May, my favourite month in this country. Spring arrives. We walk, as usual, on Fridays. One Friday we go a bit further than usual, driving to Anglesey to walk on the beach to the island of Llanddwyn. Ronnie’s written about it on the Friday walks series, with photos.
It’s a beautiful place. Magical. When you arrive at the car park in Newborough you can’t see the beach, it’s behind the sand dunes. But when you walk through them and then see the view open up in front of you, it still feels like the first time I came here. An intake of breath, it’s so absolutely beautiful. And on this day it’s nearly high tide. It’s captivating.
And, for me, almost as captivating as the view, is the fact that this is a beach covered in pebbles.
I immediately start picking up stones, selecting from the range of greys. Ronnie joins me and I say, ‘I need 23 stones, like this one.’ He doesn’t ask why but helps me find more stones, and offers them to me – some are rejected, others are kept. ‘For a project,’ I say.
When I have the 23 stones, plus a few spares, we carry on along the beach, across the stones, the sand, the paths covered in white shells, the grass covered with bluebells and squill, and reach the far end of the island. Of all the places I have been to, this is the most like the beach at the far end of Iona, a magical island in the Hebrides off Mull. We sit, drink tea and eat chocolate. And I begin my project. The stones are for the memory of Rach. With the only pen I have in my bag, I scratch out my words for Rach onto the stones.
There’s something permanent about doing this. Because it’s stone. And the words from Joni Mitchell’s ‘Hejira’ come to me:
We all come and go unknown
Each so deep and superficial
Between the forceps and the stone
Well I looked at the granite markers
Those tributes to finality – to eternity
Yes, stone, like a ‘granite marker’, a gravestone, something to signify that you were there. You did exist. Rach did exist, and I want to remember her. The stones are for a very special place.
I often write about Plot 44, the place where I garden here in Liverpool. Rach loved it. She never visited, but she longed to. So I made her films about it, all through the year. I even had a Skype chat with her at Plot 44 and showed her round. It felt like she had been there. And when she died I wanted to plant something – for her. Something Australian felt right – her being born in Australia. But what plant? And then, out of the blue, Ronnie suggested a Wollemi Pine.
The Wollemi Pine is an ancient tree, belonging to the 200 million year old Araucariaceace family (the same family as the familiar Monkey Puzzle tree). It was thought to be extinct, and only known about from fossils. But in 1994, a group of trees were found in a deep canyon in the Wollemi National Park in Australia. It caused a sensation in the botanic world. It’s the ‘equivalent of finding a small dinosaur alive on Earth,’ said Professor Carrick Chambers, Director of the Royal Botanic Gardens in Sydney. I first saw one in De Hortus, the botanic garden in Amsterdam in 2007; the first summer after I was diagnosed with breast cancer and I travelled on my own to remind myself that I was not just a breast cancer patient – although it felt like I was at the time. The tree there was growing in a cage! A couple of summers later I saw another one – again in a cage – here in Kew Botanic Gardens in London. And this year at our local botanic gardens at Ness, they have planted a group of them.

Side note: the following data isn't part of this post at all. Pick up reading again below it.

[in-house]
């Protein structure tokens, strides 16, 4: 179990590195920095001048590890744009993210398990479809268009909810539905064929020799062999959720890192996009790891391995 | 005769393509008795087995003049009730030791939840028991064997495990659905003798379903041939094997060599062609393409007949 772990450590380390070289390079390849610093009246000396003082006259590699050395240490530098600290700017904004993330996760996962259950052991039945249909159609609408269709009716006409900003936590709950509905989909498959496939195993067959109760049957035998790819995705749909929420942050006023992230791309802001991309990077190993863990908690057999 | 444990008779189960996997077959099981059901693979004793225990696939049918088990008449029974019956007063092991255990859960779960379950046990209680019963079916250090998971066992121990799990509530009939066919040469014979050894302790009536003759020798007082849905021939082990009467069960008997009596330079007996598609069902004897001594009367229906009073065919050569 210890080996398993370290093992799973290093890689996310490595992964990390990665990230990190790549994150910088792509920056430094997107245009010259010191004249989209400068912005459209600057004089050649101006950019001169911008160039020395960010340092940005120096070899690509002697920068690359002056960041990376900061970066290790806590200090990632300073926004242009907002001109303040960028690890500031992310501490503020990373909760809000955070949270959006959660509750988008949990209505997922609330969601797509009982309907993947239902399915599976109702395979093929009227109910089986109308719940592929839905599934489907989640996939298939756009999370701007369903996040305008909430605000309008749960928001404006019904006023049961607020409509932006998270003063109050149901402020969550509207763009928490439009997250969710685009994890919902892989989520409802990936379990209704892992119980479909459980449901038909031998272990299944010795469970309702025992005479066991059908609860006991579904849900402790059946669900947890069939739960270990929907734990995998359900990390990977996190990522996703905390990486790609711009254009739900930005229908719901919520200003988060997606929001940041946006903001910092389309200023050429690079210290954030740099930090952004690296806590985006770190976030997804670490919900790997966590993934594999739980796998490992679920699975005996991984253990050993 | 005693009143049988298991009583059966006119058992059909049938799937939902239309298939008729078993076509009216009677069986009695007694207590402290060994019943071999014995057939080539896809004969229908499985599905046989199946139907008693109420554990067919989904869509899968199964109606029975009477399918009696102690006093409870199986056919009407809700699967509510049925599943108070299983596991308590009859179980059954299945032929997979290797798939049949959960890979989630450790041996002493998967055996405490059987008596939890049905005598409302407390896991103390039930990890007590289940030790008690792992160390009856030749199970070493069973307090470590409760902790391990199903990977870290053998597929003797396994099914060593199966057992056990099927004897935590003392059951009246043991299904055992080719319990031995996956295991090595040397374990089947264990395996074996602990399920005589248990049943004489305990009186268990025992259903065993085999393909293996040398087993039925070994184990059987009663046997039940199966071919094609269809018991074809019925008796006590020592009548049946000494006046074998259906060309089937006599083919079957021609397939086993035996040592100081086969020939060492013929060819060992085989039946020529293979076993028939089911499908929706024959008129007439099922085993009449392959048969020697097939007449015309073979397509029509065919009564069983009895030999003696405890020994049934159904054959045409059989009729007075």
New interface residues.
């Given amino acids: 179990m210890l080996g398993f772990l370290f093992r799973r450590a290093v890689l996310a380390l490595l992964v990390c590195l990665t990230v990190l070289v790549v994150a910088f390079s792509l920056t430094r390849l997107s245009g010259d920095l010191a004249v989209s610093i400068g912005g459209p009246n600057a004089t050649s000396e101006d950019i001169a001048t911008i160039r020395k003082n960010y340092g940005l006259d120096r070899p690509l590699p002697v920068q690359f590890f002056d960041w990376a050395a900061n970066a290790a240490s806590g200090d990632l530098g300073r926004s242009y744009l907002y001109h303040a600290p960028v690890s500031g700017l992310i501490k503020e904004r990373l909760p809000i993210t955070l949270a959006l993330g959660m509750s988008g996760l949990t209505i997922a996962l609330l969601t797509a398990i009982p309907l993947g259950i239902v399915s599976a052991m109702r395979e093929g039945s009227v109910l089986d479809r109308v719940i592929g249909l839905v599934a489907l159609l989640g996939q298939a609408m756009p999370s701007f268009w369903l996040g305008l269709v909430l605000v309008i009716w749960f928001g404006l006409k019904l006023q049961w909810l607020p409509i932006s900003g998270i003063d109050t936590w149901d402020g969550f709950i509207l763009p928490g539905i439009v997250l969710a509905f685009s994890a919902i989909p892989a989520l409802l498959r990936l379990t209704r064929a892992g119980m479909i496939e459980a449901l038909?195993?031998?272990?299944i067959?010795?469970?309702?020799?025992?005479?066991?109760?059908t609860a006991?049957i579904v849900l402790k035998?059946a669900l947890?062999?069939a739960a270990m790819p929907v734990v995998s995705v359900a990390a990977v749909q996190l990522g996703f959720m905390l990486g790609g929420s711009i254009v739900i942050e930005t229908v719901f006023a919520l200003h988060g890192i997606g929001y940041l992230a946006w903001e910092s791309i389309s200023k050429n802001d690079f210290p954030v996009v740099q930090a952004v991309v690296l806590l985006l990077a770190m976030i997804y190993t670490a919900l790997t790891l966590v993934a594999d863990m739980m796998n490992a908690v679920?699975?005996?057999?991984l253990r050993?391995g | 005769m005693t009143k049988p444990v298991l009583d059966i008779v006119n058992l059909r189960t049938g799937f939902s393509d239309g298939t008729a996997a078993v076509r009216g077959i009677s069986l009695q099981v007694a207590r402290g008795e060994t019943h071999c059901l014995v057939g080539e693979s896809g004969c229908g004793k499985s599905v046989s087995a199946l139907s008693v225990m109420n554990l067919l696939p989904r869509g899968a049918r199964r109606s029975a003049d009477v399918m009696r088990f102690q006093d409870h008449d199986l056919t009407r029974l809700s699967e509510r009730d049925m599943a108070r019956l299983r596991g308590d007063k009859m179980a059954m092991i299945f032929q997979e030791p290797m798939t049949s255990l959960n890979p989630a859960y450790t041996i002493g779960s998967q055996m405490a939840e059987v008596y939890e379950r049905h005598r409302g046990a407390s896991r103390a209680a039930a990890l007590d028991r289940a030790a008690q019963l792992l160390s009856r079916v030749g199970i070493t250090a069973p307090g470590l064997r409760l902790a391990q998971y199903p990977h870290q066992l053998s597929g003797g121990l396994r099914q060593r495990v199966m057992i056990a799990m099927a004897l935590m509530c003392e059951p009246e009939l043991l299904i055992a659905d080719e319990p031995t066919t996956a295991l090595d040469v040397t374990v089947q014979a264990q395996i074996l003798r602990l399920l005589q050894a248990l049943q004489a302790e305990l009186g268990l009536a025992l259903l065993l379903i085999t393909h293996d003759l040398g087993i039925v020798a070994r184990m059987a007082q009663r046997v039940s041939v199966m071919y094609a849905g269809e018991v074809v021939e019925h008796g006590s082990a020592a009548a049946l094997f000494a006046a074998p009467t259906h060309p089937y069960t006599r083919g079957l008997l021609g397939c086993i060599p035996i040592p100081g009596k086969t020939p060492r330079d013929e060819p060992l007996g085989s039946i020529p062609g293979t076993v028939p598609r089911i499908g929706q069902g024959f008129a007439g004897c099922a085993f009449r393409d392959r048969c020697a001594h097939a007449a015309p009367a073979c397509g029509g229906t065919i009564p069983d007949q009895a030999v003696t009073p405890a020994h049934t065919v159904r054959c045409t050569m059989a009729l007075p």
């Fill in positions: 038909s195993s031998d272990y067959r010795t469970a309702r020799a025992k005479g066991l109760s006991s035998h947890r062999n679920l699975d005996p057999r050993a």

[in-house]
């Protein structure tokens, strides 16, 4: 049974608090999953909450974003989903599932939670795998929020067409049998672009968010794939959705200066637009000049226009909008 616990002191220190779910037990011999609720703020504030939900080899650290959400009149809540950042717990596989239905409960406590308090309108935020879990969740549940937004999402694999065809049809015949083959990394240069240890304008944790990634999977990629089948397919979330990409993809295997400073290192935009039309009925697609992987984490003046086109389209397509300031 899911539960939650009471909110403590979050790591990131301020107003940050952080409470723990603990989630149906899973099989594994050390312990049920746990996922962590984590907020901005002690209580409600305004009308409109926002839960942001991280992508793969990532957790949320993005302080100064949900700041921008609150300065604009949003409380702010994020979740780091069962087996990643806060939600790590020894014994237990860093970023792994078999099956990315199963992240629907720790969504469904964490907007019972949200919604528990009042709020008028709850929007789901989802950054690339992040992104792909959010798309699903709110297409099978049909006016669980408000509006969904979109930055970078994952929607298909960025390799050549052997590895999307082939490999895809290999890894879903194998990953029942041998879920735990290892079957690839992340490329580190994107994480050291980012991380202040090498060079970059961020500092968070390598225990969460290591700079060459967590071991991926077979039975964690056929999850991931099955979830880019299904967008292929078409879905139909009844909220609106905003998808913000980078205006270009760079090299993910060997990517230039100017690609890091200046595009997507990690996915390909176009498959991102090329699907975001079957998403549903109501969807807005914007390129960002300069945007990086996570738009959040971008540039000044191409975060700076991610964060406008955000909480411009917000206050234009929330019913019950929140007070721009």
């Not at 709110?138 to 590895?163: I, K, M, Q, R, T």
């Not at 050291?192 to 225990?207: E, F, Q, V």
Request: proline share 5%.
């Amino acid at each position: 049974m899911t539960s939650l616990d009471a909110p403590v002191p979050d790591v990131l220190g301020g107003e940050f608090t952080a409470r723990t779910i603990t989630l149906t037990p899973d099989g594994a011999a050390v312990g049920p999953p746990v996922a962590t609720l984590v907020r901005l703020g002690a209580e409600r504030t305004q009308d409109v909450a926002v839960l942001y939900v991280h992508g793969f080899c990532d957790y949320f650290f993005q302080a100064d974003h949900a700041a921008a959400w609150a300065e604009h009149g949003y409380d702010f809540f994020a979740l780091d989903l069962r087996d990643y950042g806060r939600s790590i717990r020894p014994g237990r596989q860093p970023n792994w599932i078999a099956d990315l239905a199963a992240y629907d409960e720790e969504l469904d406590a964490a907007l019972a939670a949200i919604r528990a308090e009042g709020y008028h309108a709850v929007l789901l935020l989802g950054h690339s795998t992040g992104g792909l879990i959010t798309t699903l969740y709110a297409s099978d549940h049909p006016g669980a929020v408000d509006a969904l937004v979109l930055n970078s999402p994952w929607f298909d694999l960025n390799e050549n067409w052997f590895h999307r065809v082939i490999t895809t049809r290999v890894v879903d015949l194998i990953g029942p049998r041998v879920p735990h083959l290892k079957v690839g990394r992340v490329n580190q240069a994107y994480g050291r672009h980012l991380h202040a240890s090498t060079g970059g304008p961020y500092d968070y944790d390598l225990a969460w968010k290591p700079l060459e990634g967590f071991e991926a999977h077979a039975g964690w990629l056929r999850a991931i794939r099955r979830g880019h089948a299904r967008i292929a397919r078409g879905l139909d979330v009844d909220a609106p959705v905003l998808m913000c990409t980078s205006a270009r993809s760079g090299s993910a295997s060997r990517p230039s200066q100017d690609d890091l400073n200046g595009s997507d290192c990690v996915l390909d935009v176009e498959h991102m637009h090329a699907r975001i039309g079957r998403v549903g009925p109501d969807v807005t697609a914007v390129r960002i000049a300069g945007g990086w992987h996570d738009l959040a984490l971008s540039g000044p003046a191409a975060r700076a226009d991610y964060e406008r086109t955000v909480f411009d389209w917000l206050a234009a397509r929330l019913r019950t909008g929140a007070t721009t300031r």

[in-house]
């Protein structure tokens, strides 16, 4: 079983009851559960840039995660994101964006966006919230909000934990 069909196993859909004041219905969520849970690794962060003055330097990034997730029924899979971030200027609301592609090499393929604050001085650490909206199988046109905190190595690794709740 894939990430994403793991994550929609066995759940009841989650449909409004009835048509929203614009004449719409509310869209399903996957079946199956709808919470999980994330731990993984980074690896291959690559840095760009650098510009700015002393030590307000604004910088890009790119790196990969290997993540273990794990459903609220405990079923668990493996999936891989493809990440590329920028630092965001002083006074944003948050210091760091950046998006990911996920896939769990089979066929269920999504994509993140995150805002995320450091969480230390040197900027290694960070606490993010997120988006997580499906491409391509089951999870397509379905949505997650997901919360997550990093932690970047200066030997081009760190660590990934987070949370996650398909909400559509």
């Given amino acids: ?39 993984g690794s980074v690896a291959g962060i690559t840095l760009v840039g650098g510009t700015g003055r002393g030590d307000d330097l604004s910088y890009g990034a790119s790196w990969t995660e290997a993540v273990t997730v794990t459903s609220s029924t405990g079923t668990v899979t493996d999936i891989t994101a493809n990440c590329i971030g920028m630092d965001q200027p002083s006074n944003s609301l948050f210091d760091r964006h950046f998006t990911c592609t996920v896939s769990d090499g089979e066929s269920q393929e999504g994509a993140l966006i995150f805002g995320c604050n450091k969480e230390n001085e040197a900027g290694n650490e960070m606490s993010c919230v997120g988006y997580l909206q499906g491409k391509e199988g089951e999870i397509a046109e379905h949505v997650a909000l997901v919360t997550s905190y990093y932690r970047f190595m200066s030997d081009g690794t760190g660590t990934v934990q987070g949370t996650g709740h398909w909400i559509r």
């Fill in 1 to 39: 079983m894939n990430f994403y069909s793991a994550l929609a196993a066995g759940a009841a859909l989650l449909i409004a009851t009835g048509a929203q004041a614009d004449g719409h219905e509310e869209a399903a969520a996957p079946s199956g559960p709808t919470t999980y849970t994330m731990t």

I’d talked about the Wollemi Pine with Mandy, Rachel’s mother, when we met in New Jersey earlier this year after Rach died. I asked her if she thought this would be a good tribute to Rach. ‘Yes, yes!’ she said, ’A Wollemi Pine for a unique Australian! I know Rachel was interested in the amazing discovery of this incredible tree.’
I knew it was a rare and wonderful plant – how could I get my own? Well thanks to the internet I was easily able to buy my own Wollemi Pine. I got mine from the nursery 3 Fat Pigs (thanks Robert), with free next day delivery!
It arrived in its own special box, with a certificate of authenticity, which tells me that by growing this tree, I am contributing to the conservation of endangered population in the wild, as well as other threatened plant species. I think Rach would approve of that.
The Wollemi Pine will be ‘unveiled’ this week at a springtime celebration that me and Gemma are hosting on Plot 44. With the stones. My tribute to Rach. My ‘granite marker’ for her.
Joni Mitchell’s words come to me again.
We’re only particles of change I know, I know
Orbiting around the sun
I’m just glad that my orbit collided with Rach’s orbit, even just for 14 months. I will never forget you Rach.